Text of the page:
A scrawny old man barely covered by a pink robe kneels imploringly
Saint Jerome in two versions, one by Antonio Campi . . . 
A slightly less old man also barely covered by a pink robe has his head on his hand despondently
 . . . the other by Abraham Janssen © Niels den Haan

Altomani & Sons is showing at Tefaf pieces it hopes will “astound art enthusiasts”, says Ciaroni, referring to a pair of works depicting Saint Jerome. “Both paintings are signed and dated, with one by Antonio Campi, who was Caravaggio’s first master during his time in Milan. The other is by Abraham Janssen, a prominent Flemish artist who adopted Caravaggio’s innovative use of light.” Prices are undisclosed.

Old Master dealers invariably highlight an enduring dilemma, however: the dearth of good material available. Ciaroni says that “it is indeed true that the availability of masterpieces in the art market is in a continuous state of rarefaction. This is due to the fact that over time many of these great works find their way into museums, thus leaving the market.”

Hall says there is undeniably a diminished supply of works by the most famous artists, though he adds that five paintings attributed to Botticelli have come to market in the past two years. (“Madonna of the Magnificat”, from the collection of the late Microsoft billionaire Paul Allen, sold for $48.5mn with fees at Christie’s New York in November.)

London dealer Charles Beddington says many great paintings still see the light every year. However, he stresses a curious attitude among collectors: “The lower the price range, the less demand there is.” At Tefaf he is offering “A View of Westminster Bridge” by Canaletto, which shows the Lord Mayor’s procession on the Thames on May 25 1750. “This is one of the most significant views of London in the 18th century ever likely to surface on the market,” he says. Yet it is only priced at €3.2mn.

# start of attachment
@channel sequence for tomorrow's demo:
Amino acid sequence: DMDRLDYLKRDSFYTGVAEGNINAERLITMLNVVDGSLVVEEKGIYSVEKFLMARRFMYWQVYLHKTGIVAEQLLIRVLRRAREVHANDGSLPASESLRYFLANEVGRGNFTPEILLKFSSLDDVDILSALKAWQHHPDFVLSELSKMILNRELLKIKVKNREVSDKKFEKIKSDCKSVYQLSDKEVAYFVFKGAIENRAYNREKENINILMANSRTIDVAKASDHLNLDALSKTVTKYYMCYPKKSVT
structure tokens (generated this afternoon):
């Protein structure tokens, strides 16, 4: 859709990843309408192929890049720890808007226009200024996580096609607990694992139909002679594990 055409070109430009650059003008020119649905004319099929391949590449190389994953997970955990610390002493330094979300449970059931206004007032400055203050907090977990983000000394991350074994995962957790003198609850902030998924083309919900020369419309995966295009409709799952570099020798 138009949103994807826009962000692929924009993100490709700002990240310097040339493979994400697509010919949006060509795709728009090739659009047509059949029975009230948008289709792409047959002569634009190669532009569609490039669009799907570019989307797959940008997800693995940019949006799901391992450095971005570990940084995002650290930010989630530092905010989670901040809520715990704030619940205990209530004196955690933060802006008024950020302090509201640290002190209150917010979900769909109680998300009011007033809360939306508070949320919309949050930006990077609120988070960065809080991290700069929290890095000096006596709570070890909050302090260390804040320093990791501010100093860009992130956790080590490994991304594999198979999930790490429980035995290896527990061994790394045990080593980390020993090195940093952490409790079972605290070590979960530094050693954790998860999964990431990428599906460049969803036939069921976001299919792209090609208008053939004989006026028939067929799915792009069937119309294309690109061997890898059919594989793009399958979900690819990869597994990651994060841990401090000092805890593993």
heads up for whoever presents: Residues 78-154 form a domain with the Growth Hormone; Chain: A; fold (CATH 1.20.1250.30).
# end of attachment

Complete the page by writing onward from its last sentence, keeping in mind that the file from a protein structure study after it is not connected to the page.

Oil painting of a long low bridge over a river busy with ships
‘A View of Westminster Bridge’ by Canaletto

There are silver linings nonetheless. “There is little demand for lower-price-range works at the moment,” says Carlo Milano of Callisto Fine Arts, London, “but don’t forget that there could be gems hiding there. Buy the good painting by the petits maîtres [less well-known masters], rather than a bad painting by a famous name.”

If dealers want to tap into the “lower end”, they need to market their product thoughtfully at major events such as Tefaf, argues Hall. “The key is to put works at a range of prices alongside each other and to show that even the art on the lower end of the spectrum is authentic, well preserved and of real aesthetic and historic merit,” he says.

So are there reasons to be cheerful about the Old Masters market? Davide Trevisani of Maurizio Nobile Fine Art gallery in Paris, another Tefaf participant, says a new generation of young art collectors is turning to Old Masters. “These include 30- to 35-year-old entrepreneurs from [tech] start-ups. There is a very interesting niche of new potential clients with spending power of up to €80,000 to €100,000 per purchase,” he says.

Milano also thinks new clients with eclectic taste may be the market cheerleaders in the future. “I think it is not time yet to pull the ready-made obituary for the Old Masters from the drawer.”

March 11-19, tefaf.com